Futures and options let traders put down only a tiny portion of a trade’s value and bet that prices will go up or down to a certain point within a certain period. It can make traders’ profits bigger because they can borrow more money to add to their positions, but it can also boost their losses much if the market moves against them.
Even though the market for crypto derivatives is growing, the instruments and infrastructure that support it are not as developed as those in traditional financial markets.
Next year will be the year that crypto derivatives reach a new level of growth and market maturity because the infrastructure has been built and improved this year, and an increasing number of institutions are getting involved.
Crypto derivatives' growth in 2023
In 2023, the volume of crypto derivatives will continue to grow because of two factors: first, the growth of relevant infrastructure such as applications for decentralized finance (DeFi) and also because of more professional and transparent intermediaries planning to enter the space. Eventually, this will lead to more institutions getting involved.
Understanding why traditional financial institutions use derivatives more than traditional spot markets is an excellent way to learn more about the market.
Some reasons for the growth are the ability to leverage capital, the fact that derivatives contracts in the U.S. are treated as long-term capital gains for tax purposes, and for their use in hedging, which is the ability to protect against unexpected price swings.
When more institutions get involved, relative volatility decreases, making trading derivatives a better use of capital. Also, as more institutions add crypto assets to their balance sheets, derivative instruments will become a critical tool for protecting against short-term volatility.
The industry is still in its early stages
Like 2022, 2023 is also bound to be a unique year for crypto derivatives. There'll be a rise inboth centralized and decentralized options infrastructure and the continued development of new crypto primitives like structured vaults, everlasting options and experiments with derivatives.
The cryptocurrency industry is moving deeper into regulated markets as it tries to get more users and competes with existing traditional finance companies like brokerages that already let people trade stocks and other financial assets.
Most derivatives deals happen on Binance, OKX and Bybit, which are based outside of the U.S. and are not regulated. However, based on data from CoinGlass, CME Group is the only regulated U.S. market that has gained traction.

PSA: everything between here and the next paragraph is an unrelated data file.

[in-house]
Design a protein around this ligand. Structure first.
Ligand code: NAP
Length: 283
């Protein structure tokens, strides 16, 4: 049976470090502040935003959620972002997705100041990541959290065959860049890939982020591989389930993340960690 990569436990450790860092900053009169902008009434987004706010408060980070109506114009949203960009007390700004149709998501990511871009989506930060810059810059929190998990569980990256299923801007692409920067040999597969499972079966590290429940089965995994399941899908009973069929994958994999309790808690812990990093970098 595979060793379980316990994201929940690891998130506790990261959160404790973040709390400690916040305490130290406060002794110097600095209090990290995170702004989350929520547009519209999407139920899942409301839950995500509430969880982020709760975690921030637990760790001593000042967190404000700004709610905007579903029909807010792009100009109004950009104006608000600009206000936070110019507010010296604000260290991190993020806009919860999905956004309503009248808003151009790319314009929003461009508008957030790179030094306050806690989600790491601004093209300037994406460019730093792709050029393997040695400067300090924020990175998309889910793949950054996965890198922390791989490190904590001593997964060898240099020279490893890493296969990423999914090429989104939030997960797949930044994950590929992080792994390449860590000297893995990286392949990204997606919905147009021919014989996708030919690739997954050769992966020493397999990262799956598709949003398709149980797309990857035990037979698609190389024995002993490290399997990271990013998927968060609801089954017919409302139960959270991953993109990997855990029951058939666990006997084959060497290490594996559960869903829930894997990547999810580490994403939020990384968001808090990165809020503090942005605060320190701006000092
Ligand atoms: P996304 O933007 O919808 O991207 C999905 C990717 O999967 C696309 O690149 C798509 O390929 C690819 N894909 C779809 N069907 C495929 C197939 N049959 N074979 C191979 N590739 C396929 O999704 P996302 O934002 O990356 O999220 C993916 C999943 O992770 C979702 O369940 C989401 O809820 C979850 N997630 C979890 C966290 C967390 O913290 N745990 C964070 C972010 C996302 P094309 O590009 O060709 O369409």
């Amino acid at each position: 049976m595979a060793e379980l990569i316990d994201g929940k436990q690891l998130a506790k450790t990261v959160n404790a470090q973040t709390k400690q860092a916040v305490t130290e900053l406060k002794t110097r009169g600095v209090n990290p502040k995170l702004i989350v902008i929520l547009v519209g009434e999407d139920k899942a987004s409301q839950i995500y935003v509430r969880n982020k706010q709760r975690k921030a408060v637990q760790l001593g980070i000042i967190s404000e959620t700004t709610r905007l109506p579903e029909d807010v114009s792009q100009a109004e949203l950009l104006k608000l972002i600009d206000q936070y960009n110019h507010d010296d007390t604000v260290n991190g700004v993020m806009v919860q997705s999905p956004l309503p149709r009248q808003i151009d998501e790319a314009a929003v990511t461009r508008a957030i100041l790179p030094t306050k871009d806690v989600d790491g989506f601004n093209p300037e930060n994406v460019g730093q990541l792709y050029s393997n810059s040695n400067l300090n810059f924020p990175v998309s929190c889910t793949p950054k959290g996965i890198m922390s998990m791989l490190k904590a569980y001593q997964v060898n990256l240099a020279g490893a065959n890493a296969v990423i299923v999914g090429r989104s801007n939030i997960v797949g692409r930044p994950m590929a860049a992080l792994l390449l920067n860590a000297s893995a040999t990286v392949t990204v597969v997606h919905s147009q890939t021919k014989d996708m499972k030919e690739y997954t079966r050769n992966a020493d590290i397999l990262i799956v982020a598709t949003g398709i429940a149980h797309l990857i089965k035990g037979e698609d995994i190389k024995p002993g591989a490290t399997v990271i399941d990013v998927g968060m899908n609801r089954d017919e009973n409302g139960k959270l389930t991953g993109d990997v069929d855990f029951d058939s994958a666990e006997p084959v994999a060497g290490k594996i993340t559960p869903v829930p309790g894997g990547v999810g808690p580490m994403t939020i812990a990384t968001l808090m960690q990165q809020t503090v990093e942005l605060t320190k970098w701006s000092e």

In November 2022, it was responsible for about 10.7% of the open interest in Bitcoin (BTC) and Ether (ETH) futures.
Big firms buying will continue buying small licensed derivatives operations
It's getting harder to tell where retail markets end and institutional markets begin. The retail-focused businesses that crypto exchanges bought are run by some of Wall Street's biggest and most experienced firms.
In January 2021, Coinbase bought FairX, a small futures exchange in Chicago. The goal of the deal was to make it easier for traders to get into derivatives markets. A retail-focused futures exchange startup called The Small Exchange also released a crypto futures product that requires less cash upfront. Citadel Securities, Jump and Interactive Brokers have all backed the company.
Related: What is crypto market capitulation and its significance?
The growth of decentralized derivatives markets
Like centralized venues, perpetual futures comprise most of the volume of decentralized derivatives. First led by Perpetual Protocol and now by dYdX, the daily volume of decentralized perps averages $3 billion per day.
Even though growth has been robust, decentralized perpetual volume makes up less than 5% of all crypto derivatives volume. Over the next two years, we expect this segment to grow in a big way.
As more projects and protocols build on top of decentralized perpetual swap protocols, the value of the platforms that support them will continue to grow. Along with decentralized futures, options and structured products, market participants will be excited to see more crypto-native innovations like everlasting options developed.
Protocols like Deri, which offers both perpetual futures and everlasting options, let users trade derivatives in a very DeFi-native way, giving them the ability to hedge, speculate and arbitrage, all on-chain.
Derivatives could lure in more traditional investors
Institutional traders like these instruments more because they can provide stable returns, similar to fixed income, and these trades are executed with strategies like bull call spreads and covered calls. Also, institutional traders can combine call and put options to set a risk limit without risking liquidation for options trades.
Fidelity Digital Assets now offers their institutional client base the ability to borrow using crypto as collateral so that large companies can add Bitcoin to their assets more easily with the help of these services.
In 2023, it’s likely that crypto will be easier to use as collateral for everyday business, which will allow companies to take on more risk using cryptocurrency derivatives.
Derivatives played an instrumental role in the 2020-2021 crypto bull market for retail and institutional traders. For many investors, borrowing money and using derivatives is the easiest way to increase their bets on a variety of positions. They are available to use in stocks, currencies and commodities, but their use in cryptocurrencies has been steadily growing since 2017.
This article does not contain investment advice or recommendations. Every investment and trading move involves risk, and readers should conduct their own research when making a decision.
The views, thoughts and opinions expressed here are the authors’ alone and do not necessarily reflect or represent the views and opinions of Cointelegraph.